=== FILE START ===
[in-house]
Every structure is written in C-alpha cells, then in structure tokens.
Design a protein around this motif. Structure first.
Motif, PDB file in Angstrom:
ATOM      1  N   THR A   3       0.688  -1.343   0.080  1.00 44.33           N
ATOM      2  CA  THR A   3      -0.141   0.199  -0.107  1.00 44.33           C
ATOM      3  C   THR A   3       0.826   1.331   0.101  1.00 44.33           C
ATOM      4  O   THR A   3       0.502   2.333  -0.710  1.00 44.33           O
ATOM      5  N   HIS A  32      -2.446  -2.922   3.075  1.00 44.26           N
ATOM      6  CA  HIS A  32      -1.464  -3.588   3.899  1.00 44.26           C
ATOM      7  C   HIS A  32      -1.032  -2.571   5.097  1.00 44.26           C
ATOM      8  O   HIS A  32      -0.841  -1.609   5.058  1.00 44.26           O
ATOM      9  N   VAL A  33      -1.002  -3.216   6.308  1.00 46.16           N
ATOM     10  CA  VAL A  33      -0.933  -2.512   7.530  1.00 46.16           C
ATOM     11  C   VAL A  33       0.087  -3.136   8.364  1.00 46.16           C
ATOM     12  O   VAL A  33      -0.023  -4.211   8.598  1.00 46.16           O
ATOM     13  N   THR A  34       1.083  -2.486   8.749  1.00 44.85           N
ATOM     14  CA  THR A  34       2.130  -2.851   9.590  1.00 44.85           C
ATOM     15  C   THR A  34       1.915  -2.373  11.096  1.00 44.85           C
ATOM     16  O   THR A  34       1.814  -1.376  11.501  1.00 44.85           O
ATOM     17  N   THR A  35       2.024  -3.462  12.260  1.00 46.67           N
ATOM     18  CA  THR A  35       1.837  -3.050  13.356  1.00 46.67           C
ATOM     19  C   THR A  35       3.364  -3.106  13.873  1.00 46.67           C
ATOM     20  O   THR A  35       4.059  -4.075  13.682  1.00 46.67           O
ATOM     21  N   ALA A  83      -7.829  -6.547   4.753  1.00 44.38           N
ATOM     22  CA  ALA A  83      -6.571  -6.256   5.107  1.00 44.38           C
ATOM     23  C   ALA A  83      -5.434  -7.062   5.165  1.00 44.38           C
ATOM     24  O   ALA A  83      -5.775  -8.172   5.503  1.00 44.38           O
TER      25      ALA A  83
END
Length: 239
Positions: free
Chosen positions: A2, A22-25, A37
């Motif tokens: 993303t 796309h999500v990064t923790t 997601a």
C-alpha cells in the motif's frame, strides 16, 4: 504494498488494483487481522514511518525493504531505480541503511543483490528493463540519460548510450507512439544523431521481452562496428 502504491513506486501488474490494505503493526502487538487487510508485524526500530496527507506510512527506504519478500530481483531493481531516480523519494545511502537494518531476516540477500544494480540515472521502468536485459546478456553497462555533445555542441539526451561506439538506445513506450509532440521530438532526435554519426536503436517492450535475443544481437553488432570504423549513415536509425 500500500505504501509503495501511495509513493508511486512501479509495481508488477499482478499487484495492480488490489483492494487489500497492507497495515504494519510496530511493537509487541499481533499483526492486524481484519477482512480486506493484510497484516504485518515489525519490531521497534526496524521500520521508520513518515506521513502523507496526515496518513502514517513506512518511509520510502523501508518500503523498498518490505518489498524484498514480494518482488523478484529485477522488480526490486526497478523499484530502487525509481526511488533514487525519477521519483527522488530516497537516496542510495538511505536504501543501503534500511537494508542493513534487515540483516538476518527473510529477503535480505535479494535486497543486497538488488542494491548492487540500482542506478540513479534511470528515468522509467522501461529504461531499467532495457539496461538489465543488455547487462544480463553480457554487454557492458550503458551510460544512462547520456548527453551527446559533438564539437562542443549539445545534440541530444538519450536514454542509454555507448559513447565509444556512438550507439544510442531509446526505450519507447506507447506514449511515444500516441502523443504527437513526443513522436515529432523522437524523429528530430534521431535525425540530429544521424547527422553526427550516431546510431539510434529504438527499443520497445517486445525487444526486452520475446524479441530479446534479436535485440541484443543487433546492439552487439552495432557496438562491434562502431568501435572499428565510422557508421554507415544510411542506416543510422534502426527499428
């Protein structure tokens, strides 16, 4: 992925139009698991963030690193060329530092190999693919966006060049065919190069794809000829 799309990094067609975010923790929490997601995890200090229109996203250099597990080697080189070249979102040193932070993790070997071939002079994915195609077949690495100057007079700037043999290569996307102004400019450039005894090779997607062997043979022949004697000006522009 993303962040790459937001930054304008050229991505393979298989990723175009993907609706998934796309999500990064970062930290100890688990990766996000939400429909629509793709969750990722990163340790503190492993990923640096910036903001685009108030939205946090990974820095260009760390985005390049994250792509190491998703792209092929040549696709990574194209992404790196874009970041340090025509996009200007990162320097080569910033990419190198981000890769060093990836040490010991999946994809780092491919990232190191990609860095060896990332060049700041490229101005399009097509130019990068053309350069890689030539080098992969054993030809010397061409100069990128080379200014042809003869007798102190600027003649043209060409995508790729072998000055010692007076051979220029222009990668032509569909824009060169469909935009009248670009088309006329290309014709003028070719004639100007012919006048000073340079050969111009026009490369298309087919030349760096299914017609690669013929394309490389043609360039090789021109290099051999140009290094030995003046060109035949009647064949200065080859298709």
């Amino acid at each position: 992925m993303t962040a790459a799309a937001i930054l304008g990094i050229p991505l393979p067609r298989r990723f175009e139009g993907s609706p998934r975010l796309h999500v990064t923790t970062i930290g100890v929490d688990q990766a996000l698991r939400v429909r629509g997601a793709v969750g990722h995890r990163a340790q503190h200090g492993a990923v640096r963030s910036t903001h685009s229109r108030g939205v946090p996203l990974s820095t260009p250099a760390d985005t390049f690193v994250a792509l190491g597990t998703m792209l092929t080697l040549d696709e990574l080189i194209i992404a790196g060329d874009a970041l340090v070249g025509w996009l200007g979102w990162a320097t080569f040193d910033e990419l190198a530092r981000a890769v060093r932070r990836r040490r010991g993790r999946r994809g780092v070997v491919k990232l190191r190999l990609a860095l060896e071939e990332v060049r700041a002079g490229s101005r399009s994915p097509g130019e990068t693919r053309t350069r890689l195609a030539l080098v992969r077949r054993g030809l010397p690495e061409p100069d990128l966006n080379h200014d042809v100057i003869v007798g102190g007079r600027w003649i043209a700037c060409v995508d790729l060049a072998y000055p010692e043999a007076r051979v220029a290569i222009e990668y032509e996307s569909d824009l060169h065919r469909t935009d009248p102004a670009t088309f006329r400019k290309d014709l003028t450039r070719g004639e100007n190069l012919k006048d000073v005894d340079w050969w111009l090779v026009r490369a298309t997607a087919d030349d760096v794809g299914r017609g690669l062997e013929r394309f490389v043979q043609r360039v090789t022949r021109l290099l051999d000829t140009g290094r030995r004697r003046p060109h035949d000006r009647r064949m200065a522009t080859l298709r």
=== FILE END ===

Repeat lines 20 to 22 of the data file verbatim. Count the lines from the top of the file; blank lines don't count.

ATOM     16  O   THR A  34       1.814  -1.376  11.501  1.00 44.85           O
ATOM     17  N   THR A  35       2.024  -3.462  12.260  1.00 46.67           N
ATOM     18  CA  THR A  35       1.837  -3.050  13.356  1.00 46.67           C